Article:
Wind Drinkers: A Novel448
Wind Drinkers: A Novel448
In the godforsaken valley of the Black Rimstone, four siblings meet by the viaduct, a place of their own away from home and daily life, which hold so little for them: Mark, who reads in secret against his father’s orders; Matthew, who understands the forest, the river, and all their creatures; Mabel, who wields her stunning beauty in pursuit of pleasure and independence; and Luke, so often pitied and dismissed as simpleminded, but whose fantastic dreams reveal an uncommon wisdom. Together they live as one, bound by an unshakable bond.
Hanging over them, and the rest of the valley, is the bleak prospect of work in the power plant, constructed and controlled by the fearsome Joyce. Having arrived a stranger, he owned the entire town within ten years, and now keeps a stranglehold on it through money and violence. But after generations are used and spit out in service of one man’s greed, there comes a breaking point.
Winner of the Prix Jean Giono, this masterful, parable-like novel bears witness to the power of nature and the promise of rebellion.
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|Publisher:||Other Press, LLC|
|Product dimensions:||5.25(w) x 7.96(h) x 1.10(d)|
About the Author
Chris Clarke has translated work by Raymond Queneau, Pierre Mac Orlan, Éric Chevillard, and Ryad Girod, among others. He was awarded the French-American Foundation Translation Prize for fiction in 2019 for his translation of Marcel Schwob’s Imaginary Lives. Two years earlier he was a finalist for the same prize for his translation of Patrick Modiano’s In the Café of Lost Youth.
Read an Excerpt
The man and the man’s shadow preceded the woman along the wooded slope. He labored to advance, leaning forward, his back crushed beneath the weight of a heavy bundle wrapped in deer hide that contained the couple’s belongings; shells hanging from his belt tinkled each time he set a foot down upon the earth. The woman carried nothing on her back, but a child in her arms. The child was not crying, and it wasn’t sleeping either. The man walked cautiously, primarily to avoid hazards, but also because he was on the lookout for any sign of tracks that might suggest they weren’t the first.
They came to the summit of a ridge. The man glanced in the direction of the valley below them, then he looked at the woman, and she at her child. Wariness swelled in the man’s eyes. He wanted to continue on down the slope, and she grabbed him by the arm. Maybe she tried to dissuade him, on the pretext that something monstrous surely lay concealed in the dense tangles of vegetation, which in places revealed the dark waters of a sinuous river. Nobody knows for sure. And nobody knows whether or not he replied, or if his silent determination was enough to convince her to see what she wasn’t seeing, to convince her that a dream was being born, to open herself to a great undertaking of staying put, to suppress the silent chaos of their trek. Nobody knows, nobody remembers, because in the years that were to follow, neither he nor she would think to write of their shared fate, and it has since been lost, and they have since been forgotten, no living on in myth, no true glory. The Black Rimstone was what the place came to be called. Nobody knows who chose the name, perhaps the man, perhaps the woman. Most likely one of their descendants. For the moment, there is no need to say more. There is nothing left to be done other than allow the landscape to unfold like the blade of a knife long imprisoned in a handle etched with names and faces. This isn’t so long ago. It would suffice to wind back the clock-work mechanism of time, to have its hands come to a stop at that morning hour whose moment was fixed on the liquid face of the river, to take up the story well after the arrival of that first man and that first woman, the moment when a body, reduced to a corpse, its throat slit and washed clean of all its blood, drifted along on the waters of the river, swirled and spun, dashed against the rocks, to finally be impaled on a broken branch and worn away by the force of the turbulence. To return to the river’s edge, among the descendants of that first man and that first woman by its banks, and to imagine what came before with the help of what came after.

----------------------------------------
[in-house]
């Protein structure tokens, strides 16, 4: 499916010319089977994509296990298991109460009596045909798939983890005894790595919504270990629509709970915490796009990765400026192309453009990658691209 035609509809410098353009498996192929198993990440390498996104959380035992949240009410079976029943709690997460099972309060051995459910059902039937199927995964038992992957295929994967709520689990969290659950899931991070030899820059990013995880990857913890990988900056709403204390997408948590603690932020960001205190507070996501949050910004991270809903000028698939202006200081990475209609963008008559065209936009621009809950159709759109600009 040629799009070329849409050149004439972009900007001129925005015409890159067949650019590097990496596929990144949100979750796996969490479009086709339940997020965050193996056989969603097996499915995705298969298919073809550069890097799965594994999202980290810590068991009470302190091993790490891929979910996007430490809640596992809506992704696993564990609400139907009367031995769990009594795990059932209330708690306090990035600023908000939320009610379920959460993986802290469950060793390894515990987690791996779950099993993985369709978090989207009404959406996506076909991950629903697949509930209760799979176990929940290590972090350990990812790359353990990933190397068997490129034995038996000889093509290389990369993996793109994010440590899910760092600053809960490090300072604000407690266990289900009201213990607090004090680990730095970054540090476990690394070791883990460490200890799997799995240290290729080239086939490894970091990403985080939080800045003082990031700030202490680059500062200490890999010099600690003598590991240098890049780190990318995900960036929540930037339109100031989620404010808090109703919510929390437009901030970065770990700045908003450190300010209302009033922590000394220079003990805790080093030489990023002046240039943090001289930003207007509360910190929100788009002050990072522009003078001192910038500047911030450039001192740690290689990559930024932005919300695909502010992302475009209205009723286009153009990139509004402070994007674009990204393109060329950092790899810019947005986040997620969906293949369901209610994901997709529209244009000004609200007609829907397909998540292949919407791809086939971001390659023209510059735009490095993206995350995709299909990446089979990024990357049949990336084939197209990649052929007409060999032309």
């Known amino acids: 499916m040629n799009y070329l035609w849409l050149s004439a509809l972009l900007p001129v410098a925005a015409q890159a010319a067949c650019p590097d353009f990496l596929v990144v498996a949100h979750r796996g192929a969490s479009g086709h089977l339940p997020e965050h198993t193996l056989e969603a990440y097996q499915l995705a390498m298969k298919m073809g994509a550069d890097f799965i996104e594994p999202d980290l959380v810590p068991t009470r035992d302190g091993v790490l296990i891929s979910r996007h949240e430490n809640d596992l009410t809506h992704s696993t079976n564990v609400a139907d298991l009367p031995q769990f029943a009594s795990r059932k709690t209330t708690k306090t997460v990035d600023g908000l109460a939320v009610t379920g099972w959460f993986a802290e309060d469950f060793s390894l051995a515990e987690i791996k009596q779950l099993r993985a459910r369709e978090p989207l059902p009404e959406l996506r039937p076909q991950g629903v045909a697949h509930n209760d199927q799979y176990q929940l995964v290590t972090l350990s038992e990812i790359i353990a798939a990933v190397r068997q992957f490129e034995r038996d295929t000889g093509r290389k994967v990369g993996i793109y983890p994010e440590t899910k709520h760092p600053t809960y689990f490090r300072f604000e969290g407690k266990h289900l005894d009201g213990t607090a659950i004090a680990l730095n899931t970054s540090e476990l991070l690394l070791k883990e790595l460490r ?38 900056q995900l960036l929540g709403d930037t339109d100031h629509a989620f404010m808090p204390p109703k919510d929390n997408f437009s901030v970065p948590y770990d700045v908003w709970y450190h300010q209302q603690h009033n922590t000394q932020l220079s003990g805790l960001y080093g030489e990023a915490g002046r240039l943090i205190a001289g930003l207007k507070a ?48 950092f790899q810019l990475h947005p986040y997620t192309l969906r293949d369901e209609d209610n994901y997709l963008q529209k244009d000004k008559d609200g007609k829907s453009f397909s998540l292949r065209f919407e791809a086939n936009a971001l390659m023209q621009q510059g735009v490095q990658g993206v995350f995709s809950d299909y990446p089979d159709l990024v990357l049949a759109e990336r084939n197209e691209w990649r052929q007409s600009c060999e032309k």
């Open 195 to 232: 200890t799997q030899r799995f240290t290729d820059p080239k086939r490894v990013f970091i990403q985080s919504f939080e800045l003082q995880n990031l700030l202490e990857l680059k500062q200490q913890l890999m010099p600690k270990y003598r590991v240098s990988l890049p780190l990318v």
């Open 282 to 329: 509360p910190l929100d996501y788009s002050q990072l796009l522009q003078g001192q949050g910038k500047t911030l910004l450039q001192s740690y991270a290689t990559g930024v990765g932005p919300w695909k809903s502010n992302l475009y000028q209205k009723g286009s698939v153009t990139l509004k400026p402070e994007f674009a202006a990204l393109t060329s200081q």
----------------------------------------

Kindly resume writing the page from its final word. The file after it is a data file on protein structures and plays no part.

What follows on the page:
Not one bird, not one reptile, not one mammal, not one insect, not one tree, not one blade of grass, not one stone was moved by the scene. Just one man, in the crowd, felt a dull and inexplicable pain in his belly, like a wrenching prescience of his own end, a germinating of death that would give birth to a new world, driving some to leave and others to remain.